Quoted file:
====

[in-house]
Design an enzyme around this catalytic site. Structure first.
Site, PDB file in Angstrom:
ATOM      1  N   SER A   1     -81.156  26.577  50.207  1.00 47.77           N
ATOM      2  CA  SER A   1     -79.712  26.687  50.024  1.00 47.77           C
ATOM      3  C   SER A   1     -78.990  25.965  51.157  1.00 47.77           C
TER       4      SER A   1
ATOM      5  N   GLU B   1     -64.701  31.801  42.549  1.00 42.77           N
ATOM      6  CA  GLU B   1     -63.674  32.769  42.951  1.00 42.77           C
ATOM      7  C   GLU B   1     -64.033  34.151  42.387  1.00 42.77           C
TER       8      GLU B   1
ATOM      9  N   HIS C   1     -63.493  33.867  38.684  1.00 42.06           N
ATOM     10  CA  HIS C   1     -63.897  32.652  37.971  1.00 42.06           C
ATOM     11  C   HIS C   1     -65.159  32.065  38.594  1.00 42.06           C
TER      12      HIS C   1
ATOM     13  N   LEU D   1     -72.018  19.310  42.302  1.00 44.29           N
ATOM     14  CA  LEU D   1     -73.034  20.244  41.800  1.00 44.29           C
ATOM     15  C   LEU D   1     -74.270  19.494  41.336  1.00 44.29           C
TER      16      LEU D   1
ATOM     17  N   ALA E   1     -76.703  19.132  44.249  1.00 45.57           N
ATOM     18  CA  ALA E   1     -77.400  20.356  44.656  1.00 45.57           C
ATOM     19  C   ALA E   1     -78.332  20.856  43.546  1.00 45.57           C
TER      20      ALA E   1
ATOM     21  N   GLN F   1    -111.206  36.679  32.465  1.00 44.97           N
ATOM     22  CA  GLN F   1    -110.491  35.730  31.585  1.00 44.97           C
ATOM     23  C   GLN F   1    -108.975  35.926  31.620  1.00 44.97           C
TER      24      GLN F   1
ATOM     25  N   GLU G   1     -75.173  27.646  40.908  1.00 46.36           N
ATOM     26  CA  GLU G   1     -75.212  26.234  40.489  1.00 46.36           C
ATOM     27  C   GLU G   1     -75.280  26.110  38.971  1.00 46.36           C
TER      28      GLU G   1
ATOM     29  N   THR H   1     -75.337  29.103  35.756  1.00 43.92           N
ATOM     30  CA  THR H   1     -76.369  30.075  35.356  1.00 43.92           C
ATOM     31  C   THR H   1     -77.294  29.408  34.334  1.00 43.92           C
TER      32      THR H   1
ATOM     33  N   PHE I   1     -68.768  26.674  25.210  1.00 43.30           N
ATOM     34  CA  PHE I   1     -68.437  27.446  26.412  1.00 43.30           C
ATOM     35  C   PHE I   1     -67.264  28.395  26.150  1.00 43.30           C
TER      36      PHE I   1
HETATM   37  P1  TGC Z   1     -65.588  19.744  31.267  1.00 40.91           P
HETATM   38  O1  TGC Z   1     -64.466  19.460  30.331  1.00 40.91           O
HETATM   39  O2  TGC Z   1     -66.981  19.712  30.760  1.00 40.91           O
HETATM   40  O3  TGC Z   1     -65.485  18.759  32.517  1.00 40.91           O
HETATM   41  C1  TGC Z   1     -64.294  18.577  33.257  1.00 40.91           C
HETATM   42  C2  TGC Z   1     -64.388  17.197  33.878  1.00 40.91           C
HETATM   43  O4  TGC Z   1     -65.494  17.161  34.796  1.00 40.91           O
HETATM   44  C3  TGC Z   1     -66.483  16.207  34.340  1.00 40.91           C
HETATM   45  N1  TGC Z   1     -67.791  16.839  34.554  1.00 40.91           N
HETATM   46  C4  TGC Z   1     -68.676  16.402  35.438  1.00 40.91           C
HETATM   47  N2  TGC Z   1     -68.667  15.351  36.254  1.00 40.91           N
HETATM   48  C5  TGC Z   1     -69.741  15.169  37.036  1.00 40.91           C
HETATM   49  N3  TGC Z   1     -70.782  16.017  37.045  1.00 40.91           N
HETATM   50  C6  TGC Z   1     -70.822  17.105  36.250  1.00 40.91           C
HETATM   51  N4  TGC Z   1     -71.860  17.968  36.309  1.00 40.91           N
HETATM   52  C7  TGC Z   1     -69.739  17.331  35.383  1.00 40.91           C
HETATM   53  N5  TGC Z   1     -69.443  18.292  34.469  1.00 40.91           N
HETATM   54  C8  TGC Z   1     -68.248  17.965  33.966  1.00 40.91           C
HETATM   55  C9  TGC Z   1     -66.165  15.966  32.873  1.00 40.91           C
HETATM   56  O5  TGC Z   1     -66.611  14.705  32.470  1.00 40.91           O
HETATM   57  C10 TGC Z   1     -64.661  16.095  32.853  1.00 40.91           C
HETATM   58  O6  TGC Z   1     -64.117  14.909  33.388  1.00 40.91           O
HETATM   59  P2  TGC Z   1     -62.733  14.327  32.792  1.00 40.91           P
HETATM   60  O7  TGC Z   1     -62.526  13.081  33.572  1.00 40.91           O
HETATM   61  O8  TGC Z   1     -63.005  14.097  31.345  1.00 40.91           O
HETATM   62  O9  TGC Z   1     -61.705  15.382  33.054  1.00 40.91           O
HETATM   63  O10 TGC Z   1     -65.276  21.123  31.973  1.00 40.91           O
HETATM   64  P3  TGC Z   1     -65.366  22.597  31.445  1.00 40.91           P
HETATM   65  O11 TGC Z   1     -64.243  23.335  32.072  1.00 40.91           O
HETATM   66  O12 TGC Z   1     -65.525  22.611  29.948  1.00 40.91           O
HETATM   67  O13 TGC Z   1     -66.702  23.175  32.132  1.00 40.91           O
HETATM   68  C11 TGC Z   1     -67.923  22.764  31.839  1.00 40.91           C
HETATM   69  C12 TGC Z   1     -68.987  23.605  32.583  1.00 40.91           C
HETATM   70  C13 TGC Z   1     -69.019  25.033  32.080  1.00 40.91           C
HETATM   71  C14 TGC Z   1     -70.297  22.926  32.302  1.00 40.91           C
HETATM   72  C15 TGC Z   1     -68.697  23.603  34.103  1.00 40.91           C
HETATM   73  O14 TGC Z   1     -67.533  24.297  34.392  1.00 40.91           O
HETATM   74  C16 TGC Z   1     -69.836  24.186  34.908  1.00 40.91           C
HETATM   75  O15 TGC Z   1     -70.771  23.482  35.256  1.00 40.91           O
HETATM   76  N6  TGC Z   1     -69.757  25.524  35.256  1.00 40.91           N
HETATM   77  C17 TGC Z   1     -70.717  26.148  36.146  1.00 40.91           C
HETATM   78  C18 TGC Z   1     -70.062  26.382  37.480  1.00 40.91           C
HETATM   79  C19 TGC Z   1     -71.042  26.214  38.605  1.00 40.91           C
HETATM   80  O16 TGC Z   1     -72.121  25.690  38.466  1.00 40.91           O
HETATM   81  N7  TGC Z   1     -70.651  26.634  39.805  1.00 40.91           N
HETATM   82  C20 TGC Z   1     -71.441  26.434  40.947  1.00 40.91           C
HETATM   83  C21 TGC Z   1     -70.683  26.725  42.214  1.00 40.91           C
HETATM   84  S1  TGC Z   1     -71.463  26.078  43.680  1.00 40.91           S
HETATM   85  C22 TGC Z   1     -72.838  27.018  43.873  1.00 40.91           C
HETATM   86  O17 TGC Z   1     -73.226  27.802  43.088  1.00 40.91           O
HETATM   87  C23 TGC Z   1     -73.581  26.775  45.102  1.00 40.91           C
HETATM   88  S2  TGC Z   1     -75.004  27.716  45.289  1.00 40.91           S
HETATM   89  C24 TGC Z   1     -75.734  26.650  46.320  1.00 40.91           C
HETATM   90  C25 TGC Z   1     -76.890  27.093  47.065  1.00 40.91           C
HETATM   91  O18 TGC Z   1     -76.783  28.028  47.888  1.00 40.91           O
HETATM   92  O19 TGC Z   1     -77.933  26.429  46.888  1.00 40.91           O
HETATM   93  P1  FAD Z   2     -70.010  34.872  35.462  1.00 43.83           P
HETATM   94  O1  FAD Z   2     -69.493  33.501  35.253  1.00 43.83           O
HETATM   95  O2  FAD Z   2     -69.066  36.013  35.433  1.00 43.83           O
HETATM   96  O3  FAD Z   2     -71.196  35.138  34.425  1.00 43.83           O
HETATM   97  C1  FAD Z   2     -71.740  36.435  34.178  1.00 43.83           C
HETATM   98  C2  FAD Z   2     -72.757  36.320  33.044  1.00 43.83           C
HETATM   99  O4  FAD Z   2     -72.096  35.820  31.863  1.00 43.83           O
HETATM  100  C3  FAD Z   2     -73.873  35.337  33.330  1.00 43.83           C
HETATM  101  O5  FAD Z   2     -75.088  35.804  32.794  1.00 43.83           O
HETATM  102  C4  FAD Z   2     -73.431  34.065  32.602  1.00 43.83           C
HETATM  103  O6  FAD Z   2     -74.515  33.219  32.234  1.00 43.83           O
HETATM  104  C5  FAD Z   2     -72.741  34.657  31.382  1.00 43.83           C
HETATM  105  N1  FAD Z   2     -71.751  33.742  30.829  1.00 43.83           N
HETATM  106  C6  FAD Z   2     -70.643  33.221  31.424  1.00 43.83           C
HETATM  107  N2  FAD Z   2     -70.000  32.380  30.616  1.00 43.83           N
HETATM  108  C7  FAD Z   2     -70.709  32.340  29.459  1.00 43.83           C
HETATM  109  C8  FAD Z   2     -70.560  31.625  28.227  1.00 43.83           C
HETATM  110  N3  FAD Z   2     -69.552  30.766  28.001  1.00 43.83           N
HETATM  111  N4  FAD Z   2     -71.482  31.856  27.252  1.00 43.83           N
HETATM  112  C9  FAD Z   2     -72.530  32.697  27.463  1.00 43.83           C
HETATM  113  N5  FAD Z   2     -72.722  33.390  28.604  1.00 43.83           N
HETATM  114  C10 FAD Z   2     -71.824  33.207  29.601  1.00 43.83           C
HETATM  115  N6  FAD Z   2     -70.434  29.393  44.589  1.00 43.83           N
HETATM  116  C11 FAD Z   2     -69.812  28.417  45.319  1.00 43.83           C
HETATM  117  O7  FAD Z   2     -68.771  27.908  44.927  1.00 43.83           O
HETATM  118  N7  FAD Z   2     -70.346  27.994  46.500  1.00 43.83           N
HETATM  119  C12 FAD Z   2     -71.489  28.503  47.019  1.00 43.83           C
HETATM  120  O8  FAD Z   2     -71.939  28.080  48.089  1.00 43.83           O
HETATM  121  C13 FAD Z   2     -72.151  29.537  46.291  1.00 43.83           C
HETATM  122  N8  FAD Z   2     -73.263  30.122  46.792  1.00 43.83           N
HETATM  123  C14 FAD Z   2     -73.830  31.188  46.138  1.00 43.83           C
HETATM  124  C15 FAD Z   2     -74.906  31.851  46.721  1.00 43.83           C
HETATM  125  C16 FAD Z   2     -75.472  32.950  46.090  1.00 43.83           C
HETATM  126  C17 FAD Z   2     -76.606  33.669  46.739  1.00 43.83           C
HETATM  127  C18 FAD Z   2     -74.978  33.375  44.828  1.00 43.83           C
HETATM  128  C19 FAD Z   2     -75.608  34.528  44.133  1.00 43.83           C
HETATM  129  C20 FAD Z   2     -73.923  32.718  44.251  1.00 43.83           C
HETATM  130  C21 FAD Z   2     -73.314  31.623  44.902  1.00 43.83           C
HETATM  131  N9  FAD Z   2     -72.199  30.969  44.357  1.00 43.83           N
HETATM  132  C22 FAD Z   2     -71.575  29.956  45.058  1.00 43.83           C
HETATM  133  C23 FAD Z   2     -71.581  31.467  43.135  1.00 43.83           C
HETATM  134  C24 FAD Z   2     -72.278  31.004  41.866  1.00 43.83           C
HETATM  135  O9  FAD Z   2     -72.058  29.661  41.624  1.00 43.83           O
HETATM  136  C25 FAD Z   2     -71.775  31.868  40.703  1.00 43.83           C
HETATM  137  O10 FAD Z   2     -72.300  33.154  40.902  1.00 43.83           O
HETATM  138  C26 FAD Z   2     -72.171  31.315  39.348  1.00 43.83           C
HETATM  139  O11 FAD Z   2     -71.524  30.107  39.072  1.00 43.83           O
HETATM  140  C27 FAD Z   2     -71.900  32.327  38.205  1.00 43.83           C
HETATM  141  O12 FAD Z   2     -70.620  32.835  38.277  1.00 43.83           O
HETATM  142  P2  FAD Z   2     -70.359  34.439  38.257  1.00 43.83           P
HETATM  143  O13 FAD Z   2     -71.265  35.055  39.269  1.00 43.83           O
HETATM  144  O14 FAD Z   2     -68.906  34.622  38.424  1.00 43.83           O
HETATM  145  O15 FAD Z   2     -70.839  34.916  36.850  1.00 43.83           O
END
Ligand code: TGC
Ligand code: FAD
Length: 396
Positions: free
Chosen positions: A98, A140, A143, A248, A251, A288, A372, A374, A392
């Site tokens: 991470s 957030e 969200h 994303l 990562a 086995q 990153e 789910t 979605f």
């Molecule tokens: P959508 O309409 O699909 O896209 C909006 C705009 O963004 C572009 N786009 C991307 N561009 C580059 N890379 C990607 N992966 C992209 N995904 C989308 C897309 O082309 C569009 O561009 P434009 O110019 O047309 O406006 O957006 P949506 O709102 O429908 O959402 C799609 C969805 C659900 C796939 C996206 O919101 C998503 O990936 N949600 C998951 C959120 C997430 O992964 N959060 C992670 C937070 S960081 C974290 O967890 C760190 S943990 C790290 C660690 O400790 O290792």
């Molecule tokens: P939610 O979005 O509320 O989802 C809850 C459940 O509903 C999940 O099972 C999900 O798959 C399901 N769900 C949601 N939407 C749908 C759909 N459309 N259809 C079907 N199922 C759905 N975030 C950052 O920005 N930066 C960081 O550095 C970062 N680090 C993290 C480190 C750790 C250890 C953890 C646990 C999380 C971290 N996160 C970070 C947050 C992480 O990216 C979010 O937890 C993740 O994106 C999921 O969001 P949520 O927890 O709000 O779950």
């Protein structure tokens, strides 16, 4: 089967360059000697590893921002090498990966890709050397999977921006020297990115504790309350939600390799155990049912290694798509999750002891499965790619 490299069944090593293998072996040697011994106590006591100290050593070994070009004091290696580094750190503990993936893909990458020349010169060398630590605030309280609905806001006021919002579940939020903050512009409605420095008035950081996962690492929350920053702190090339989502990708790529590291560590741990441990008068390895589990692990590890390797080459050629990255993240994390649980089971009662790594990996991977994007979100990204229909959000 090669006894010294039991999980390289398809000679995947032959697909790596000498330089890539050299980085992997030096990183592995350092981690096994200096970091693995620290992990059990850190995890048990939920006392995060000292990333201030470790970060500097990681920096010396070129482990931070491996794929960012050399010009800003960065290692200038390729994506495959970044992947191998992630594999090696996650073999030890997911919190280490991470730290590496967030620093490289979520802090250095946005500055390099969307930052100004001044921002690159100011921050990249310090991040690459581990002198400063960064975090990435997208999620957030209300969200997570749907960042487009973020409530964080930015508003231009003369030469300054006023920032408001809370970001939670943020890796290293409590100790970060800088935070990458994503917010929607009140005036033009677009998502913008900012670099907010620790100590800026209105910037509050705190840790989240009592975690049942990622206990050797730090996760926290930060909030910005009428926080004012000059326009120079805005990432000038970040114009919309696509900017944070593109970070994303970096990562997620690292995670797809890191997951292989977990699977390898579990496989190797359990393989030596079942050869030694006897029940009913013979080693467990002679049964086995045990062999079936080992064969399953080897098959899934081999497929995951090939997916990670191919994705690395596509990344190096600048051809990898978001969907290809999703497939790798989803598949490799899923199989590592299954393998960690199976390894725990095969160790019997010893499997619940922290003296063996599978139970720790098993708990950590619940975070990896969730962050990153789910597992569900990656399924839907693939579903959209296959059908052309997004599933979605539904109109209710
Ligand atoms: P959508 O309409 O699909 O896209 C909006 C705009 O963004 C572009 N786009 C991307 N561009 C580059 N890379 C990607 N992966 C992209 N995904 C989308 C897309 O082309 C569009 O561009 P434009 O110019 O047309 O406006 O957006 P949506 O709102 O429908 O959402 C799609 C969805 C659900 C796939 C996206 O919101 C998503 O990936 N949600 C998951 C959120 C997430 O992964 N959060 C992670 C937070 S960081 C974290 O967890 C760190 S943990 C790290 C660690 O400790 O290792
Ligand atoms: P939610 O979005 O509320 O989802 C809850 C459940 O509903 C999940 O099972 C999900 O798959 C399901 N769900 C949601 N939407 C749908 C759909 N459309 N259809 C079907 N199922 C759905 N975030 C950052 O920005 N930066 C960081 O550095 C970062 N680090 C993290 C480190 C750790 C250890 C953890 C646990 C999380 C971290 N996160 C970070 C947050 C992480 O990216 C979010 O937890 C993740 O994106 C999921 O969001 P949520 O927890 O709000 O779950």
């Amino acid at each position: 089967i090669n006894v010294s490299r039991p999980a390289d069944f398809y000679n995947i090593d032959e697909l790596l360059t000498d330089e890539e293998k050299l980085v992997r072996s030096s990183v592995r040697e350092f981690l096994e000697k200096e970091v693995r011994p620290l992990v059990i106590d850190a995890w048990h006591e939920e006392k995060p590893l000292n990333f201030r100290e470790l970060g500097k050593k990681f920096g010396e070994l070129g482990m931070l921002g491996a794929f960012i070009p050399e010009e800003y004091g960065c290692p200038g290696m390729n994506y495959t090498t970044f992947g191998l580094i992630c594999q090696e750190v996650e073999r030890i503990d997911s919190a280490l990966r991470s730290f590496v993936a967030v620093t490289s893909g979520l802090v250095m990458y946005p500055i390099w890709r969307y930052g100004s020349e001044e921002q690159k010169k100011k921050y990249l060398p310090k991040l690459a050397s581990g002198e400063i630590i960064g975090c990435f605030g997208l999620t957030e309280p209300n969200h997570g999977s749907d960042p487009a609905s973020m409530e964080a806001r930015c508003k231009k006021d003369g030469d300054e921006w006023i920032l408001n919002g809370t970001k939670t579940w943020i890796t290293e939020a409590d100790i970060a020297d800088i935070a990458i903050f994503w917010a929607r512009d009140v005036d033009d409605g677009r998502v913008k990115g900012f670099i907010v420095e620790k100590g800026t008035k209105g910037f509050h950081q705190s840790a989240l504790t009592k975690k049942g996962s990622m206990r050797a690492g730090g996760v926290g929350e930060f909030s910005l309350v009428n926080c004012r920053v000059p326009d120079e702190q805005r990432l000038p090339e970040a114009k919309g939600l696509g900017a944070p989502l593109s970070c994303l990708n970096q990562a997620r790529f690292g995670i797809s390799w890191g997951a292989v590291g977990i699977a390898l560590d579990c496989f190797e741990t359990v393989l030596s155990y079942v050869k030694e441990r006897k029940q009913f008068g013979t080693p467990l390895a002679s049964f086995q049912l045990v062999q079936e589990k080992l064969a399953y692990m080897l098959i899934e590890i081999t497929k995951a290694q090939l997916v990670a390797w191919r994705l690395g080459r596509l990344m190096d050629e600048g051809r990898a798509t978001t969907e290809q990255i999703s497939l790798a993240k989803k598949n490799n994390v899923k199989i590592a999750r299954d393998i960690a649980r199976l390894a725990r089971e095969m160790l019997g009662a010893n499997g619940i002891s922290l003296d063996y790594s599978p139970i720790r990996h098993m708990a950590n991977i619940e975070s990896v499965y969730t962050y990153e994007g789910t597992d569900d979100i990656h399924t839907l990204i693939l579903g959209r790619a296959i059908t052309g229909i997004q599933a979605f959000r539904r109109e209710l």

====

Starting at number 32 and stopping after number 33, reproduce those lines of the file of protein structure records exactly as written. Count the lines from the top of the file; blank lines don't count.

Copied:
ATOM     29  N   THR H   1     -75.337  29.103  35.756  1.00 43.92           N
ATOM     30  CA  THR H   1     -76.369  30.075  35.356  1.00 43.92           C